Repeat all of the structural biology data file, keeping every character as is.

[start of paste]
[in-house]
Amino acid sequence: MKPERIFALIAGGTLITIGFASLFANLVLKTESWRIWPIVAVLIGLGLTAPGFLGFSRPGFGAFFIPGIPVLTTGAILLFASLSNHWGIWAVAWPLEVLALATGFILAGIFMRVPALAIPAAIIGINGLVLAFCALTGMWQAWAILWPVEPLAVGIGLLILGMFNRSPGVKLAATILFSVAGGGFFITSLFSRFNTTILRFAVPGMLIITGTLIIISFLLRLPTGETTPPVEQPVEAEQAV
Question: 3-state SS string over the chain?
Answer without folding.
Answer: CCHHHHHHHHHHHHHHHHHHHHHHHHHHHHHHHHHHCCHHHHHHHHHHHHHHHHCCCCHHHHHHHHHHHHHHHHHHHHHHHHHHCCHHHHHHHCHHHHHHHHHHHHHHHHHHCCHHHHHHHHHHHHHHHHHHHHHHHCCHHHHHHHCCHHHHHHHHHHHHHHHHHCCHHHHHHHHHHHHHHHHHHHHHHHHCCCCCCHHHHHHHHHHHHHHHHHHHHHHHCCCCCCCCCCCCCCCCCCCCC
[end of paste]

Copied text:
[in-house]
Amino acid sequence: MKPERIFALIAGGTLITIGFASLFANLVLKTESWRIWPIVAVLIGLGLTAPGFLGFSRPGFGAFFIPGIPVLTTGAILLFASLSNHWGIWAVAWPLEVLALATGFILAGIFMRVPALAIPAAIIGINGLVLAFCALTGMWQAWAILWPVEPLAVGIGLLILGMFNRSPGVKLAATILFSVAGGGFFITSLFSRFNTTILRFAVPGMLIITGTLIIISFLLRLPTGETTPPVEQPVEAEQAV
Question: 3-state SS string over the chain?
Answer without folding.
Answer: CCHHHHHHHHHHHHHHHHHHHHHHHHHHHHHHHHHHCCHHHHHHHHHHHHHHHHCCCCHHHHHHHHHHHHHHHHHHHHHHHHHHCCHHHHHHHCHHHHHHHHHHHHHHHHHHCCHHHHHHHHHHHHHHHHHHHHHHHCCHHHHHHHCCHHHHHHHHHHHHHHHHHCCHHHHHHHHHHHHHHHHHHHHHHHHCCCCCCHHHHHHHHHHHHHHHHHHHHHHHCCCCCCCCCCCCCCCCCCCCC